SAP Doctoral & Early Career Program @ AOM 2017: Madeleine Rauch’s Three Key Take-Aways

Bild Madeleine RauchThe AOM in Atlanta remains in the minds and memories of many scholars. The conference was packed with numerous inspirational sessions, workshops, and discussions. In the following, Madeleine Rauch shares her three key take-aways as a participant of the SAP Doctoral & Early Career Program.

With much anticipation, I looked forward to the SAP Doctoral & Early Career Program, even more so after “dissecting” on the plane to Atlanta Scudders, 1997. Science and its ways of knowing by J. Hatton – our assigned reading for the 1st PDW on Coding in the Trenches with Karen Golden-Biddle. Overall, the SAP Doctoral & Early Career Program consisted of various activities, which balanced SAP content sessions with career advice, lively discussions and informal conversations. With a very early start at 7.30am with kickoff breakfast, three different PDWs with selected PDWs, informal mentoring session, Q&A with the program patron, Julia Balogun followed by dinner.

The first PDW on Coding in the trenches: Qualitative Analysis Boot Camp with Karen Golden-Biddle was a great start of the SAP Doctoral & Early Career Program focusing on how to coding for discovery. Through various activities, we practiced “live coding”. As a key take-away: Using provisional fixity to provoke “unfixity”. Provisional fixity refers to making a link expressing a relation between an idea and data, with the understanding that it is firm “for now” as this fixity opens up possibilities for unfixity. Time just flew by and I would have wished to continue to “dissect” coding for the rest of the day!

The second PDW on Visualizing Strategy: How Seeing Influences Saying & Doing (w. presentations by Eric Knight, Sotirios Paroutis, Curtis Lebaron and Loizos Heracleous) focused on the growing interest in topics such as material artefacts & tools; semiotics & discourse; body language & emotions. One key take-away from this PDW is based on the three Assertions inspired by the age of enlightenment presented by Curtis Le Baron. My key take-away from this PDW as Curtis LeBaron puts it: “Ideas do not exist until we represent them”.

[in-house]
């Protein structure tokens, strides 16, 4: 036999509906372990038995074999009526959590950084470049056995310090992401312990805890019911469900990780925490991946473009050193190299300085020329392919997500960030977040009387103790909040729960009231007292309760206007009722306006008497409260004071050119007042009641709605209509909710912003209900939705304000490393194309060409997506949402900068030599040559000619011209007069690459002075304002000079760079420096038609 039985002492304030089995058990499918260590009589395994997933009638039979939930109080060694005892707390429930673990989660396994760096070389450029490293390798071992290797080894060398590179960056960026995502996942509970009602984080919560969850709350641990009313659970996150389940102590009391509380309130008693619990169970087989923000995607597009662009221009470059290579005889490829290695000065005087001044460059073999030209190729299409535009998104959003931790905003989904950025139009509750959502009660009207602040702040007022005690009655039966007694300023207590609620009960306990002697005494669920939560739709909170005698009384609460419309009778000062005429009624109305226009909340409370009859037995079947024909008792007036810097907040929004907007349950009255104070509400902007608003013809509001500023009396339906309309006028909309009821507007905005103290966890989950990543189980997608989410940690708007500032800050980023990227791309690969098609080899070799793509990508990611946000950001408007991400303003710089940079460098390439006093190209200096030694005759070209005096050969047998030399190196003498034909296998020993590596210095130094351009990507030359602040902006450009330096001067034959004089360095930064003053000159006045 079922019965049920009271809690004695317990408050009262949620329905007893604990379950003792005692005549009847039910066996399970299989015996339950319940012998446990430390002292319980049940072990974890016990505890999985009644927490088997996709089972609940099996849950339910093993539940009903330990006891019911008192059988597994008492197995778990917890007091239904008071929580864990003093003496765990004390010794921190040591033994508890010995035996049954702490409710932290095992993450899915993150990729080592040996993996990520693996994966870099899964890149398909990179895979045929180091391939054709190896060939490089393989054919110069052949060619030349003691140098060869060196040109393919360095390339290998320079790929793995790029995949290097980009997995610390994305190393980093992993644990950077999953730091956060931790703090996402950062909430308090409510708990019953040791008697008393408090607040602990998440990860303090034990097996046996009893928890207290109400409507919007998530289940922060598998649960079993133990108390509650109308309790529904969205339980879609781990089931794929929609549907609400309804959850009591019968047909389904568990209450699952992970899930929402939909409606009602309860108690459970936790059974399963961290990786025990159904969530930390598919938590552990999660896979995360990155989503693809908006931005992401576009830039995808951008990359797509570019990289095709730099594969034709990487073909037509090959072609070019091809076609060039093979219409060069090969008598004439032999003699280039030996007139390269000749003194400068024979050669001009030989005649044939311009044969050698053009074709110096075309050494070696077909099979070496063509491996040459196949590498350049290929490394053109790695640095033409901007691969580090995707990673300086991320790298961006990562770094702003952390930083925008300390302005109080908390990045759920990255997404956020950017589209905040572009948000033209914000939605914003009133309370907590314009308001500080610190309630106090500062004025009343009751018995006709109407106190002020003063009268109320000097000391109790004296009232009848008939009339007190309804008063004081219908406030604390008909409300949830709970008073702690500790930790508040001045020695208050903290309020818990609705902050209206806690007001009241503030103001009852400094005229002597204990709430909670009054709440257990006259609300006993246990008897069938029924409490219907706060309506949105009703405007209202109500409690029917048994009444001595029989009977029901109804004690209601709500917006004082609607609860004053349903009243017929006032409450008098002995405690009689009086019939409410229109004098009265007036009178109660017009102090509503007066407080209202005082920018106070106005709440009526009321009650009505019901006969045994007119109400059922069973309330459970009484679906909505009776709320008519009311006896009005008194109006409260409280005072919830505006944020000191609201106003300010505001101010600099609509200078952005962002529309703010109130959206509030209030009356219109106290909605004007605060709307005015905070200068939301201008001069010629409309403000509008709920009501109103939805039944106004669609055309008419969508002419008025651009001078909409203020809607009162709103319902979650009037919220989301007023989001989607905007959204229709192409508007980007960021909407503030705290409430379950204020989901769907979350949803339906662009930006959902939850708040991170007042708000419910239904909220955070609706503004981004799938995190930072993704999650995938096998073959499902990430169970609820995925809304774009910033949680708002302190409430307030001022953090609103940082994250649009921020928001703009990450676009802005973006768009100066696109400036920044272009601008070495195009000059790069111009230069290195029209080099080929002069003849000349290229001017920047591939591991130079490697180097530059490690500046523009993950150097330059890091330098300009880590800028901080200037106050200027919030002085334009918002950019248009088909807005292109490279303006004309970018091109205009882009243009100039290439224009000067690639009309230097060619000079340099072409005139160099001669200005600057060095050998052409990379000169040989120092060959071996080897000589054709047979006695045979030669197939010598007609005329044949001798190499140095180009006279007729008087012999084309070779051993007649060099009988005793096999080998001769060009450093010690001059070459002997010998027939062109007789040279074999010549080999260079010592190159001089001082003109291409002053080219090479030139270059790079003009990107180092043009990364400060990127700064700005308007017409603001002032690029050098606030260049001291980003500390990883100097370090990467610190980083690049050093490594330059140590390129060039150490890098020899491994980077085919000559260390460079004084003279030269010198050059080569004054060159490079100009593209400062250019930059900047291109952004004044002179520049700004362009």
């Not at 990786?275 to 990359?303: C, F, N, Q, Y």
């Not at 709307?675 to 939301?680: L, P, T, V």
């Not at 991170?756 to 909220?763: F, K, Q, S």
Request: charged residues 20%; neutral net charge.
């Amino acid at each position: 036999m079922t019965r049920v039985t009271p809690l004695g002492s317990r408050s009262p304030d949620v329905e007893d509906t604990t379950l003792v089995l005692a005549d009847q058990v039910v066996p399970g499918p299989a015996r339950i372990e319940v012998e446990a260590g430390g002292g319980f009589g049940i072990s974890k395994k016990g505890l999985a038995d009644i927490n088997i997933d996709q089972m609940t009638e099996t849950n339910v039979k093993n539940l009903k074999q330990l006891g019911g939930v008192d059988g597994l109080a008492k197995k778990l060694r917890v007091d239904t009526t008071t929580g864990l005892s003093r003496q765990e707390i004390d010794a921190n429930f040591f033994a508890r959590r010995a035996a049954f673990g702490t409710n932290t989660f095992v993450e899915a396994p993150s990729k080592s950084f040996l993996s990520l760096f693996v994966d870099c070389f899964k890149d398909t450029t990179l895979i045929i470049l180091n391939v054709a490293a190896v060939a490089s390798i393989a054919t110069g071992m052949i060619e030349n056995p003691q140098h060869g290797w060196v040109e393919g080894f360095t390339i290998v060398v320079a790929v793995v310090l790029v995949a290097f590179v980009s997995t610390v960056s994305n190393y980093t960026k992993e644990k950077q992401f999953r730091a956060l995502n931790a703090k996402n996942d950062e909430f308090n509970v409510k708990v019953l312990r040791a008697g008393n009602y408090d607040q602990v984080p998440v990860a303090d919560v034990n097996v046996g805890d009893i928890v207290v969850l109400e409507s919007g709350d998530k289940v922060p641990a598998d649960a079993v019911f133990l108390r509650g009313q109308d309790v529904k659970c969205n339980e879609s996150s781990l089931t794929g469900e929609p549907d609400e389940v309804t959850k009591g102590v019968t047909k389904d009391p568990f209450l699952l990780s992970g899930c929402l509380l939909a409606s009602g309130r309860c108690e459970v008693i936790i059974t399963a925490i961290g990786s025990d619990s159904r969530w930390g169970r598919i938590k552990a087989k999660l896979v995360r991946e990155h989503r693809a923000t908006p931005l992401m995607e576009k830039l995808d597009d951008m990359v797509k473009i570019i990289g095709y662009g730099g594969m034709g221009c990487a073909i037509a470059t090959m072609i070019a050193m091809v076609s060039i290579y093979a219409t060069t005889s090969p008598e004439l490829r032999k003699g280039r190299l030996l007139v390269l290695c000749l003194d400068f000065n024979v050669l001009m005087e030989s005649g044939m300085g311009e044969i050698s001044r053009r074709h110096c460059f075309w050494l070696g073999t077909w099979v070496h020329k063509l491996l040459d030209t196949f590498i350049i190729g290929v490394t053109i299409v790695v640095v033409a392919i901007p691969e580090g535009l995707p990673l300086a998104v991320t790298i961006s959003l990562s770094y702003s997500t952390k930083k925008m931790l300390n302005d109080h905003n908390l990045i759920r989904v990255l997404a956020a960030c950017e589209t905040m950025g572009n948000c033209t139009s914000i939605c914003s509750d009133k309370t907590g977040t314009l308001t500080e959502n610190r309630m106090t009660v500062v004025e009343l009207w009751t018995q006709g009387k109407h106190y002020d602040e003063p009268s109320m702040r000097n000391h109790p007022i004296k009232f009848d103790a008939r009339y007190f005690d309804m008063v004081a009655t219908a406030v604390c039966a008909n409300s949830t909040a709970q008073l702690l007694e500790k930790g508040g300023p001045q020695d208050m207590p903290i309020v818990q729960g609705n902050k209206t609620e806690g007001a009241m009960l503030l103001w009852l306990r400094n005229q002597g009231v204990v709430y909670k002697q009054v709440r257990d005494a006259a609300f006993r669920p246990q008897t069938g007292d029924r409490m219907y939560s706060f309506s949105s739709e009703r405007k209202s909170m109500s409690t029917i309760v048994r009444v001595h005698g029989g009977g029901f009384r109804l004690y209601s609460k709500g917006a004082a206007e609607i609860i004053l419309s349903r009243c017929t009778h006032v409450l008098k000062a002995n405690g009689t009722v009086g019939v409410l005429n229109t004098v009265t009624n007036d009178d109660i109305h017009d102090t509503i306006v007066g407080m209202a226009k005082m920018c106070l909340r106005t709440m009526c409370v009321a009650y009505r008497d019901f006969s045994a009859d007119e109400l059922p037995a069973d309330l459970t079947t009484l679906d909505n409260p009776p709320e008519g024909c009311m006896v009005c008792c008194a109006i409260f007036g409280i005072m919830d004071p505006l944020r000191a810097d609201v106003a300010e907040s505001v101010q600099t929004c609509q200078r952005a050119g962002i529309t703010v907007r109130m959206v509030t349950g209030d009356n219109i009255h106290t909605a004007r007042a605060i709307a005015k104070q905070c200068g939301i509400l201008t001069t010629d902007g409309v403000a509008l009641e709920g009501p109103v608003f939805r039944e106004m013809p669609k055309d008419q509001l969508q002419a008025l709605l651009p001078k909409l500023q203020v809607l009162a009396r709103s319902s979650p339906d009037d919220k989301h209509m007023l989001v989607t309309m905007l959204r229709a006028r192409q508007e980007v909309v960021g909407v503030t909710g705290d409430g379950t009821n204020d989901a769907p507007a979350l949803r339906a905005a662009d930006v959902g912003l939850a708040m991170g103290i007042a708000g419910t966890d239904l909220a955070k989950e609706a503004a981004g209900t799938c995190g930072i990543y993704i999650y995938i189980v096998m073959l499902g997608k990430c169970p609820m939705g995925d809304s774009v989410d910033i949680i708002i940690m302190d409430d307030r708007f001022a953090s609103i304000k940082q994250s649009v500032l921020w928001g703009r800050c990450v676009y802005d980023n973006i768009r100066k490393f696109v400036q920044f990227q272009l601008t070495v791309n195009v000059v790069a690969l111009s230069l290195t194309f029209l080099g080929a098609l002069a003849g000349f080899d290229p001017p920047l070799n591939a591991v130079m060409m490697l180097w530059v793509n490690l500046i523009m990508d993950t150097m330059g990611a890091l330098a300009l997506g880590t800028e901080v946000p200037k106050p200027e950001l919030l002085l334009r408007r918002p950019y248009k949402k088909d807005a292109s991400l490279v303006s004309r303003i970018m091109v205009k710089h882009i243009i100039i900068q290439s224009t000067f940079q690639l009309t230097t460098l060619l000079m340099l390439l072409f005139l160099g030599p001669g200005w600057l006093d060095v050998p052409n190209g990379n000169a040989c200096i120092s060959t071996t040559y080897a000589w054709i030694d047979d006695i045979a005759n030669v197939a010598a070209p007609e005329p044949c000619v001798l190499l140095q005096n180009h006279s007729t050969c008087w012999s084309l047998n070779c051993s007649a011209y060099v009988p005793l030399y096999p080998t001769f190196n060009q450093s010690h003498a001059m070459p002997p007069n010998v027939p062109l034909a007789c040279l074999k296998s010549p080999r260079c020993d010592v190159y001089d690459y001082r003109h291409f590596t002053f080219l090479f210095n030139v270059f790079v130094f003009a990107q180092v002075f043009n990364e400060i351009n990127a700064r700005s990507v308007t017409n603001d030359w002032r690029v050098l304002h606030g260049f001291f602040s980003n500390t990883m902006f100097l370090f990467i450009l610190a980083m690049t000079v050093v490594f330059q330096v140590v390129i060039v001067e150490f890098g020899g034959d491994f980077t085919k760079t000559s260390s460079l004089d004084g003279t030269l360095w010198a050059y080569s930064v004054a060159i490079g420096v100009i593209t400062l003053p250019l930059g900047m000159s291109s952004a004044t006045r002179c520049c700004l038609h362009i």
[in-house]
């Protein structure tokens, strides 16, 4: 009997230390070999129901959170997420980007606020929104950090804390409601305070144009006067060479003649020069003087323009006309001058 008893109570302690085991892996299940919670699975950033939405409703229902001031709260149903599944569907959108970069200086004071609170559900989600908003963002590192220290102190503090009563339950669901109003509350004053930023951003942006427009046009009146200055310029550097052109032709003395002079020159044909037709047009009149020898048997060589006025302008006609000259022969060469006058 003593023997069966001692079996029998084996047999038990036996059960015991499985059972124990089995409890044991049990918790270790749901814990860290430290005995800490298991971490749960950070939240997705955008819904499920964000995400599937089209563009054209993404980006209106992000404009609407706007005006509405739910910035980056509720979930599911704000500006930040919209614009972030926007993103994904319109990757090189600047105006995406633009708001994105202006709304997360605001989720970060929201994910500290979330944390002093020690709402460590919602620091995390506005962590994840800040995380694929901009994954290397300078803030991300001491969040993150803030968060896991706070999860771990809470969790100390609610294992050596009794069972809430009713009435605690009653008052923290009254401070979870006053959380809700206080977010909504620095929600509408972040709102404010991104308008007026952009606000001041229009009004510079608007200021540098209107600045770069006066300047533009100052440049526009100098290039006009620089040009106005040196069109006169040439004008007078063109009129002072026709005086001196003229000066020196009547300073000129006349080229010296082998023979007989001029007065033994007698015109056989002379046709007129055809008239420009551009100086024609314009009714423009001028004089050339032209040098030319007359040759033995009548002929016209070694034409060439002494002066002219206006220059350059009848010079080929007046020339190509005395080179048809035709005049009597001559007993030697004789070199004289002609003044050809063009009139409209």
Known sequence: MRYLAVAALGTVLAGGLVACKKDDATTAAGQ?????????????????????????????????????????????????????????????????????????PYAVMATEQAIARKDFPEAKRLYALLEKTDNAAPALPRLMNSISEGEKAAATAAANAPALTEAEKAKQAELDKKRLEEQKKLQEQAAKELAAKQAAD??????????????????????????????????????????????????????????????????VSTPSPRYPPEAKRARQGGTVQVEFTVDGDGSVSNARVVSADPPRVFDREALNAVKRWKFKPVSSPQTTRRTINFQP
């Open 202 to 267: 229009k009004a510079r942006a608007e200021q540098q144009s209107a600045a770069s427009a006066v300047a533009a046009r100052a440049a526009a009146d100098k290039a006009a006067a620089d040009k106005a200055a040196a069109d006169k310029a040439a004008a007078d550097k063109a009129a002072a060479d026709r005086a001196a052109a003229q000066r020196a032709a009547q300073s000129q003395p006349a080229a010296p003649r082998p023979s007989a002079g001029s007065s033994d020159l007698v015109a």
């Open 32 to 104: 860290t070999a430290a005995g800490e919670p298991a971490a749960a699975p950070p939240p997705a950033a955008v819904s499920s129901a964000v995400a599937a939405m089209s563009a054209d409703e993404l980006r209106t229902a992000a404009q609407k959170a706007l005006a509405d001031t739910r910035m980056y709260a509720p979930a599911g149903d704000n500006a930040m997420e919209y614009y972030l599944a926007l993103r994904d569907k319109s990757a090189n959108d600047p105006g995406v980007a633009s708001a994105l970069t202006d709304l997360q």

The last PDW of the day focused on Advice for Managing International Academic Careers with Laure Cabantous, Karola Wolf, Saku Mantere, David Oliver, Katharina Dittrich, Kathrin Sele, Rebecca Bednarek, Virpi Sorsa, and Sotirios Paroutis with very hands-on discussions and advice for navigating the waters of global academia. From many great advice and possibilities, I would like to focus on two points from the tables of Manage global careers without relocation and Working in a Second Language:

  • Manage global careers without relocation: Bring the international career to you! For example: Invite international scholars to your home institutions; Organize small workshops and conferences at your home institutions; and be active in the international community!
  • Working in a Second Language: Embrace the chances you have (and not the downsides!) of knowing more than “just” English!

My personal highlight of the SAP Doctoral & Early Scholars Program was the mentoring meeting. Having exchanged several emails with my mentor before the Academy asking me for my expectations, my mentor provided very in-depth feedback on a working paper I have sent him. A very special thanks to Gary Burke!

Followed by an excellent dinner with other SAP members. More rich discussions and chance to meet old friends and new faces. This was a wonderful way to cap off a great day. The SAP Doctoral & Early Career Program was most definitely a positive formative experience. Once again, many thanks to the organizer (Christina and Krista, and Julia as the Patron). It was a perfect start of this year’s AoM!

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This entry was posted in Reflections on SAP, SAP @ AoM, SAP Dinner, SAP Events, SAP Methods, SAP People, SAP Research and tagged , , , . Bookmark the permalink.

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